The bill contains, one thing, without which, I felt, it would be essentially nothing more than a statement of good intent and that is independent oversight. It assigns to the Office of the Privacy Commissioner the role of investigating complaints, which have proved insoluble through the normal complaint mechanisms of business, itself, and it preserves, so far, at least, the role of the Privacy Commissioner in an ombuds function.

There has been a good deal of debate within the committee hearings whether the Commissioner has been given inadequate powers to deal with the business world. And there have been some consumer associations that have said that the Commissioner should be able to write orders. I fervently disagree with that concept.

I feel particularly when you are treading into a new field such as this that the path of mediation, negotiation, problem, solving rather than blame, finding is the right way to go. It is certainly the way that we operate now in terms of relationships with government departments. In the course of my eight years we have probably handled something in the neighborhood of 17,000 complaint cases and we have only had to go to court on a mere handful of those.

It is a non, confrontational, non, adversarial relationship which allows for people to meet each other in a civilized atmosphere to try to get to the bottom of whatever it is that has given rise to the complaint and find not only some relief for the complainant but also to fix any systemic problem that underlies it.

The other terribly important element in this bill, from my point of view, is that it provide my office, for the first time, with a specific mandate to conduct public education exercises. That is something that is absent from the existing federal Privacy Act and something that we have long needed. I hope that one day soon this will be corrected by the Government of Canada when it takes a look at the federal Privacy Act, which will, at least, have to be brought up to the same standard as now proposed to apply to the business sector.

A few weeks ago, I was asked by one of the Members of Parliament at the Commons Committee reviewing Bill C, 54 what in my view was the single most important privacy problem in this country? And I had no difficulty with that. The most important single is ignorance. , unawareness. If we had a more informed and enlightened body politic, a great many of the things that are happening today would not be happening and as a consequence we have got to make strenuous efforts to tell the public more about the way government and business operate in the field of personal information. And the Privacy Commissioner, assuming the office is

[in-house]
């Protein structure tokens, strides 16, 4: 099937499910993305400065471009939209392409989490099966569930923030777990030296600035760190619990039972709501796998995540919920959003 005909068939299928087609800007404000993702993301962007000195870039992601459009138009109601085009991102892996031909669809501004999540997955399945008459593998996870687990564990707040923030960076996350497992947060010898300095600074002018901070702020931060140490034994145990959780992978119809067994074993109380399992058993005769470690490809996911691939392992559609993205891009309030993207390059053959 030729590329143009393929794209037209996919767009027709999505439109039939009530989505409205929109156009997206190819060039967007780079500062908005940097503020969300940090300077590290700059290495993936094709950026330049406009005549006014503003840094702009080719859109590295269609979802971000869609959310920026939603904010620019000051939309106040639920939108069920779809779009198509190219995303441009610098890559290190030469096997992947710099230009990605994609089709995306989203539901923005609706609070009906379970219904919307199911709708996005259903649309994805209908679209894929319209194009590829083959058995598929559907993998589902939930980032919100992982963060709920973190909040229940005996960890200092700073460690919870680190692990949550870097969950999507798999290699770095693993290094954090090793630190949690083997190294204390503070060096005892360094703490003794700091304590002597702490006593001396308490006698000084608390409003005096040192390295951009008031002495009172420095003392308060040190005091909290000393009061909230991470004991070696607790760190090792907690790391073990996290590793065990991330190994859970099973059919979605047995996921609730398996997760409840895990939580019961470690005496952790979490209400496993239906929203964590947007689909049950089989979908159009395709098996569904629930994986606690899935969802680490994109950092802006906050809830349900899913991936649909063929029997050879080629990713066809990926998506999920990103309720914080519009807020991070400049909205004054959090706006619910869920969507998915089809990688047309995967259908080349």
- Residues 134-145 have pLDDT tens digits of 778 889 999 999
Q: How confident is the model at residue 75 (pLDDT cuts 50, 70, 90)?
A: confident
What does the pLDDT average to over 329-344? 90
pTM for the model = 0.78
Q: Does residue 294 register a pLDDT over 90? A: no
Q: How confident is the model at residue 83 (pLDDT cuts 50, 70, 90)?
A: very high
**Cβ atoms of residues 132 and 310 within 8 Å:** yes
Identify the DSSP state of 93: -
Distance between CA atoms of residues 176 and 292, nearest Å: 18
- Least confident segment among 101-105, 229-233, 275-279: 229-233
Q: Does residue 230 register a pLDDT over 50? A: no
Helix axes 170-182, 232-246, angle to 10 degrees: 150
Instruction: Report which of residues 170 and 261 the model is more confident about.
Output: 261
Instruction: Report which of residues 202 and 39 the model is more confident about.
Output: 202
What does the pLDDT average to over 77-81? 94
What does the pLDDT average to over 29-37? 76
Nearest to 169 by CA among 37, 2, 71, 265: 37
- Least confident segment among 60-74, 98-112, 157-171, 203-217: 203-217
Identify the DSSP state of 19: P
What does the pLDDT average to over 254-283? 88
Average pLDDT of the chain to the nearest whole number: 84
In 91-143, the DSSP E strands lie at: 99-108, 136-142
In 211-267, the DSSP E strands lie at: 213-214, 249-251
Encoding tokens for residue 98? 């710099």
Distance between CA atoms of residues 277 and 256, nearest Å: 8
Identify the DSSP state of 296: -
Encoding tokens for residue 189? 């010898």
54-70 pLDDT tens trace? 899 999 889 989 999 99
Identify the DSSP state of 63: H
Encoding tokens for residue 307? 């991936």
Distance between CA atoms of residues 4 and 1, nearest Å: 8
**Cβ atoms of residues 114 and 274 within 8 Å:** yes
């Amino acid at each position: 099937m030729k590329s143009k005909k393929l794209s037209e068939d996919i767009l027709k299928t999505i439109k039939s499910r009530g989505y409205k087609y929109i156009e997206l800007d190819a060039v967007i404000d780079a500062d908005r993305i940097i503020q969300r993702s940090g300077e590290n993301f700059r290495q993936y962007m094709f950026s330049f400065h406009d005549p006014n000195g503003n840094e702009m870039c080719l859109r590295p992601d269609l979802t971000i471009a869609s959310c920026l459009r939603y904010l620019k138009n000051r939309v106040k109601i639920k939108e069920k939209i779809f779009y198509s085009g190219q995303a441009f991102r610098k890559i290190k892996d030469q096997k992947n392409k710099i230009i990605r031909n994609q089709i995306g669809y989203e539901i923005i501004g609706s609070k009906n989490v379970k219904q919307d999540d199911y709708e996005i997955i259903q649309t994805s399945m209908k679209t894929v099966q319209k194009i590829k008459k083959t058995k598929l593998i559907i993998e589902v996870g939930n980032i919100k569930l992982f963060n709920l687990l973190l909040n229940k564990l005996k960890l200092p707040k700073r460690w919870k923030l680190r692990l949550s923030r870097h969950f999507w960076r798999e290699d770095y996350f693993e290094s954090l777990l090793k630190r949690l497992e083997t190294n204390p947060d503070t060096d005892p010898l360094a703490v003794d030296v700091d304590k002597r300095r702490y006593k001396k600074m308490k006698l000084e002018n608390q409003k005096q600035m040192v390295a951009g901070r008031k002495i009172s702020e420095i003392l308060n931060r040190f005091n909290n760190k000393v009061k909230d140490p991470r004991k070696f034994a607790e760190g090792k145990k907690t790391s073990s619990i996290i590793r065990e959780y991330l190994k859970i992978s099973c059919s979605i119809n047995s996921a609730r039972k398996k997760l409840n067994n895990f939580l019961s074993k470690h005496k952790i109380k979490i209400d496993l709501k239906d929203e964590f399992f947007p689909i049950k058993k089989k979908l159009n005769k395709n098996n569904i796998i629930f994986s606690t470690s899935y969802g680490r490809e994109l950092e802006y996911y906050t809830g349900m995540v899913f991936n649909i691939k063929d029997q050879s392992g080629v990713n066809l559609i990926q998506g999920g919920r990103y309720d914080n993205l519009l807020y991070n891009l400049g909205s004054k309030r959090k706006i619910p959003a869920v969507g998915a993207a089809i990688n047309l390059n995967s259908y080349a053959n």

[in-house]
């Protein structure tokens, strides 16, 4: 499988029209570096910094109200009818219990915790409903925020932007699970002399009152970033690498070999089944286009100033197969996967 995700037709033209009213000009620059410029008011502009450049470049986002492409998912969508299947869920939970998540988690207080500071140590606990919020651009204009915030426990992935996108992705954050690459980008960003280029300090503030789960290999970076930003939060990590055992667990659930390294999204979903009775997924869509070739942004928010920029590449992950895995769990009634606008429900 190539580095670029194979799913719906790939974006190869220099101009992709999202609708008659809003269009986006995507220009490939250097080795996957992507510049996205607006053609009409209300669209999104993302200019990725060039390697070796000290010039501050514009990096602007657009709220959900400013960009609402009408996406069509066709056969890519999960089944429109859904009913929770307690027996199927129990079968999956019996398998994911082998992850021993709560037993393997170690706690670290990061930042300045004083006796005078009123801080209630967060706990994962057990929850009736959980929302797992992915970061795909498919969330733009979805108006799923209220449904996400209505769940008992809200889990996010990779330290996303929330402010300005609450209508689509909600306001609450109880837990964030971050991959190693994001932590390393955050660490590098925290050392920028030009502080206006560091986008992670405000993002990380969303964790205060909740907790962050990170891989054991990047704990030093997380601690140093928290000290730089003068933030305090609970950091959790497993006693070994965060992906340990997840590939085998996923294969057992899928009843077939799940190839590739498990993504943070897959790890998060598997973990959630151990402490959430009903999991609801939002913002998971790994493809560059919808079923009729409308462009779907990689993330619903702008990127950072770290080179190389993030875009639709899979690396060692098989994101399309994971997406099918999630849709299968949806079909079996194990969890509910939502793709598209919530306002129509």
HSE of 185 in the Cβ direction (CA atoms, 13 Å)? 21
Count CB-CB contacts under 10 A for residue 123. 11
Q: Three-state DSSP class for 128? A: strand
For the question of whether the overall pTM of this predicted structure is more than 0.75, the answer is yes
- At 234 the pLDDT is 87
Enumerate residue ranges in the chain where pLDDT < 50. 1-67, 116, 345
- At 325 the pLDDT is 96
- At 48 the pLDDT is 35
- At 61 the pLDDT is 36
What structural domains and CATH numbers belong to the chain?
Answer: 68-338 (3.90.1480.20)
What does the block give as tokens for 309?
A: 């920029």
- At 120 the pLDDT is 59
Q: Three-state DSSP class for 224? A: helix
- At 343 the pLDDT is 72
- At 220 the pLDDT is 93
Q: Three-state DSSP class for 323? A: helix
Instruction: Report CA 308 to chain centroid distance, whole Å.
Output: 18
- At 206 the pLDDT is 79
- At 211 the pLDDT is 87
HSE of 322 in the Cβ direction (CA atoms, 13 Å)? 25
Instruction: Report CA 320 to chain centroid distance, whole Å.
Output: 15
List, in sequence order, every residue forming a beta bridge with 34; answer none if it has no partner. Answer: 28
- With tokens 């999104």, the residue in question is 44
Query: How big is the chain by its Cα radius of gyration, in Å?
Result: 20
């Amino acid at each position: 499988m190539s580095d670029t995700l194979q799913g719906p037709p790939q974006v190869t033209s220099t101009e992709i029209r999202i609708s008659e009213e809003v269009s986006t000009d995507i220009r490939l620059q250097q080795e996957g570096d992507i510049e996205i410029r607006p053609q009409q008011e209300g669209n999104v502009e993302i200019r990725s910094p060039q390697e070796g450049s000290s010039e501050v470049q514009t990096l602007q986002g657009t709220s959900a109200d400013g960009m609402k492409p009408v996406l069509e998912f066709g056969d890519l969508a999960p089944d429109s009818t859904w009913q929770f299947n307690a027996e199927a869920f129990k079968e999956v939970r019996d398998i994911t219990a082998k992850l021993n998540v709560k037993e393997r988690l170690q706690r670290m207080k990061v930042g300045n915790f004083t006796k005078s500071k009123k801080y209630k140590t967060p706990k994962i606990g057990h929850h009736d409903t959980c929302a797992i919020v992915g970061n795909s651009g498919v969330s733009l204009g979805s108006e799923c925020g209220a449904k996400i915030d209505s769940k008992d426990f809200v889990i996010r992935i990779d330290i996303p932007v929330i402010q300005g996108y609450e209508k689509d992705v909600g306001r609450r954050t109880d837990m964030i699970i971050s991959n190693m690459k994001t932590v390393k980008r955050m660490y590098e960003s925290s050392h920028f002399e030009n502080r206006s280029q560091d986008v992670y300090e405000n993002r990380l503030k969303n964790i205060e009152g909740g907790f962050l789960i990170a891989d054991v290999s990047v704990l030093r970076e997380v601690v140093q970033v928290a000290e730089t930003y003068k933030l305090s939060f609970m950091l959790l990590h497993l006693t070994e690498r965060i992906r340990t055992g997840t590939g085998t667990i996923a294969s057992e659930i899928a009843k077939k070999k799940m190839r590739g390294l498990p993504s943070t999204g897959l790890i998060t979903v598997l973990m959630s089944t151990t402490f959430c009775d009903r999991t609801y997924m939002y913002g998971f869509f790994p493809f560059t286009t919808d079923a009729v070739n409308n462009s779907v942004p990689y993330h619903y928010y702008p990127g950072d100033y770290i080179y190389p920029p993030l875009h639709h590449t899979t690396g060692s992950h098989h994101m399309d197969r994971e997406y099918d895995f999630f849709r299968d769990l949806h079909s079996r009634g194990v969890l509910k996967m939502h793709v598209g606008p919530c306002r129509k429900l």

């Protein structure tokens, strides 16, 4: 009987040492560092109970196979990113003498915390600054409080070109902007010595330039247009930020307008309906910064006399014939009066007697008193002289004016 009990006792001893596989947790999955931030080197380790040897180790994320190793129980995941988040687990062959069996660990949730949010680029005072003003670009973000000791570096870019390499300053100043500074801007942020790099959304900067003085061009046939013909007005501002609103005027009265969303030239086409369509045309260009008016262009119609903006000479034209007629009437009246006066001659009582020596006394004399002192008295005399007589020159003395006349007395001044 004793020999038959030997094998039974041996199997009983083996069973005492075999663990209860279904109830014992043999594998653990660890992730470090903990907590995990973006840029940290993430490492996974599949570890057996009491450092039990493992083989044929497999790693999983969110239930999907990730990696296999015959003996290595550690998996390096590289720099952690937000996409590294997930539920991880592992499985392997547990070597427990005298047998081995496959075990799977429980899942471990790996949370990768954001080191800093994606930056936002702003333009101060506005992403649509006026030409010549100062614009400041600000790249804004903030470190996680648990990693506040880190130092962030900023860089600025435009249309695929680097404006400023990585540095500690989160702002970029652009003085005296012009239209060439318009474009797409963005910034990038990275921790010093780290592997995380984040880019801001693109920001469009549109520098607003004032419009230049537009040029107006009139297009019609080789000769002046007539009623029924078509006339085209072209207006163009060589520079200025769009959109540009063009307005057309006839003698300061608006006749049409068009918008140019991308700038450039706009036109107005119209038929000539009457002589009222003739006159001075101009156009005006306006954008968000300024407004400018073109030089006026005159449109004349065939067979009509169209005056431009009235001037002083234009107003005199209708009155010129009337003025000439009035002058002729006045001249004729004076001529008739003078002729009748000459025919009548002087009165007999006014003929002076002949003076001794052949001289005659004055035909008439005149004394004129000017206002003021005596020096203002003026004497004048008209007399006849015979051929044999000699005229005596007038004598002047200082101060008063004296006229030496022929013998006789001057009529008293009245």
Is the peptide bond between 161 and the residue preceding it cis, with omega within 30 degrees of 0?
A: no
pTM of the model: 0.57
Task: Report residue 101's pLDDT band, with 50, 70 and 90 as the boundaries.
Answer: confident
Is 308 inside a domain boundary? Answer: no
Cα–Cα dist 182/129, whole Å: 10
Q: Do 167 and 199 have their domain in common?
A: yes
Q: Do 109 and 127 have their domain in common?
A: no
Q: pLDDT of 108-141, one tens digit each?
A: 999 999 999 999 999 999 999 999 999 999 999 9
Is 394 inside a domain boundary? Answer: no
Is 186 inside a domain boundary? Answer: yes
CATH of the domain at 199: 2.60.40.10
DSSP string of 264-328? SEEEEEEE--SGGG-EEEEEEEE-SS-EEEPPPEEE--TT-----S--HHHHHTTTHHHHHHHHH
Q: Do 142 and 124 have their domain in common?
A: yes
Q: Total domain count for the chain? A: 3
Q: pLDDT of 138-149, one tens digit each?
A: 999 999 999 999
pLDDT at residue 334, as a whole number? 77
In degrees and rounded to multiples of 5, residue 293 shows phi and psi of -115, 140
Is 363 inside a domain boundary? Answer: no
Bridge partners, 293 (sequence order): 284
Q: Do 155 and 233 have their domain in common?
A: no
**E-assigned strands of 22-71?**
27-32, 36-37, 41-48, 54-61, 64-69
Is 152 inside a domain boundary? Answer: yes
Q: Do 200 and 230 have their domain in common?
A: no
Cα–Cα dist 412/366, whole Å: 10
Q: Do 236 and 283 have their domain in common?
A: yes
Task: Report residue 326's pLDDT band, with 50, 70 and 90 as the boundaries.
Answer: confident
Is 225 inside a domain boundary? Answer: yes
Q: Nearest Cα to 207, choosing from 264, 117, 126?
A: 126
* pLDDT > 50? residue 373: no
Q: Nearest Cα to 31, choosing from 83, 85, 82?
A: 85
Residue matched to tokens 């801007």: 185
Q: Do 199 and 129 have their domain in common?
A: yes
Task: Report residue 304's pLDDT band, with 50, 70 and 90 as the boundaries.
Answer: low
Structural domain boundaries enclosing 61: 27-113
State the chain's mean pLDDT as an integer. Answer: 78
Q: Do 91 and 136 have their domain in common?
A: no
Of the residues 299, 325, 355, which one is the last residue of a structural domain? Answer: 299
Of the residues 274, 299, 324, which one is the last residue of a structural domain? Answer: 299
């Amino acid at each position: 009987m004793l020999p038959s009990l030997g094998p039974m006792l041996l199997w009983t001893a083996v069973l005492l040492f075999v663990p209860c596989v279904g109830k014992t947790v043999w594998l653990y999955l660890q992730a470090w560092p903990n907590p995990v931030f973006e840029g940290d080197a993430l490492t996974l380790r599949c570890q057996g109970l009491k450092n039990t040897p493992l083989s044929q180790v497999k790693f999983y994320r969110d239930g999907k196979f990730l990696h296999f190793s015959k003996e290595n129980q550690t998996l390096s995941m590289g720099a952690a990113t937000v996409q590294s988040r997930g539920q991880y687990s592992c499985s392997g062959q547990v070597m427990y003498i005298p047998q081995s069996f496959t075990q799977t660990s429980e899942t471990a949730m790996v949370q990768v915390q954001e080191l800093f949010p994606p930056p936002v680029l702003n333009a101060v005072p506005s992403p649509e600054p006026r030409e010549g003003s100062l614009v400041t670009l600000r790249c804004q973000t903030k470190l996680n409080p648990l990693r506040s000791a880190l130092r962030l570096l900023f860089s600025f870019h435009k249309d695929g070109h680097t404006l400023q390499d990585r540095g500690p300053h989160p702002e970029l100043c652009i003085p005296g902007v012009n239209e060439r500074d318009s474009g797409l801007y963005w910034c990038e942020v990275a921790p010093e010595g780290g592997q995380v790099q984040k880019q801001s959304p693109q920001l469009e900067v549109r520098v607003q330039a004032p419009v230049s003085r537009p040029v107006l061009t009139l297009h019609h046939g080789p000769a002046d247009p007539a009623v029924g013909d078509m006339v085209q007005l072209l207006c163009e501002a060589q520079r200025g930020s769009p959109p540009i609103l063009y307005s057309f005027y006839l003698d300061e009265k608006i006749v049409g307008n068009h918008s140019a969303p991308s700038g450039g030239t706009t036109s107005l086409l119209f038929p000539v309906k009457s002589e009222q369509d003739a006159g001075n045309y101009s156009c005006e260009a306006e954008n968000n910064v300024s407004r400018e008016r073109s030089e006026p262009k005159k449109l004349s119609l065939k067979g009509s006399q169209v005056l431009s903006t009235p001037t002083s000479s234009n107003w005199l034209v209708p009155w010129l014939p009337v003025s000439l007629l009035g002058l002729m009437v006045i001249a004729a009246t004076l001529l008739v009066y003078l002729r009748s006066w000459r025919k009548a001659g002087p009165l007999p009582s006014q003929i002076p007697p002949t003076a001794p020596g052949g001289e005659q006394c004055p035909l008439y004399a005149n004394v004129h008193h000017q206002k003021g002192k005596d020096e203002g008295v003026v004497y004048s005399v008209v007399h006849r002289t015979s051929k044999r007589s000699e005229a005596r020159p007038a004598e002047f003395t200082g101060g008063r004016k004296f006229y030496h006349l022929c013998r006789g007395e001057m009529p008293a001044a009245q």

adequately funded for that purpose, will play a key role. The more people know, the less fear there is and the more informed decisions and choices they can make.

The Commissioner, bereft of the power to make any orders, has to depend, as a consequence, on his or her powers of persuasion, and the power of embarrassment, if you want to put it that way. I've always thought that this was sufficient. I know of no government department that liked it very much when the Privacy Commissioner of Canada had to take them to the woodshed in any public way, and I feel that this becomes an even more effective device when it comes to business. Business depends for its very survival on a consuming public that has confidence that its rights are being respected. So no business will take lightly its obligations under this act.

I feel that that is a far more effective process than one in which a Privacy Commissioner makes a finding and it is immediately appealed by some corporation's lawyers to the Federal Court or beyond. That can tie things up for years and in the end you get no real solutions to the problems, you get an argument among lawyers that enriches them but impoverishes everyone else. And I don't mean just in a financial way.

I'm looking to solve problems, not to embarrass people, not to impede business, and not to spend a lot of time in the courts.

There are problems with this bill. Some aspects of the CSA Code need improvement, we've suggested those. There are some ambiguities in the bill. We need a better definition of "personal information" in the bill. The definition of "commercial activities" needs to be improved. There are a number of observations that I could make of that kind.

There are some serious problems with it as well where the bill allows the Minister of Industry to delegate the powers of the Privacy Commissioner to other persons beyond the Office of the Privacy Commissioner. That, I feel, can lead to perceived if not real conflicts of interest. No department of government, which may be subject to investigation by the Office of the Privacy Commissioner, should ever have the right and authority to diminish his powers by delegating them to some outside agency. I have also made these observations to the Committee of the House of Commons.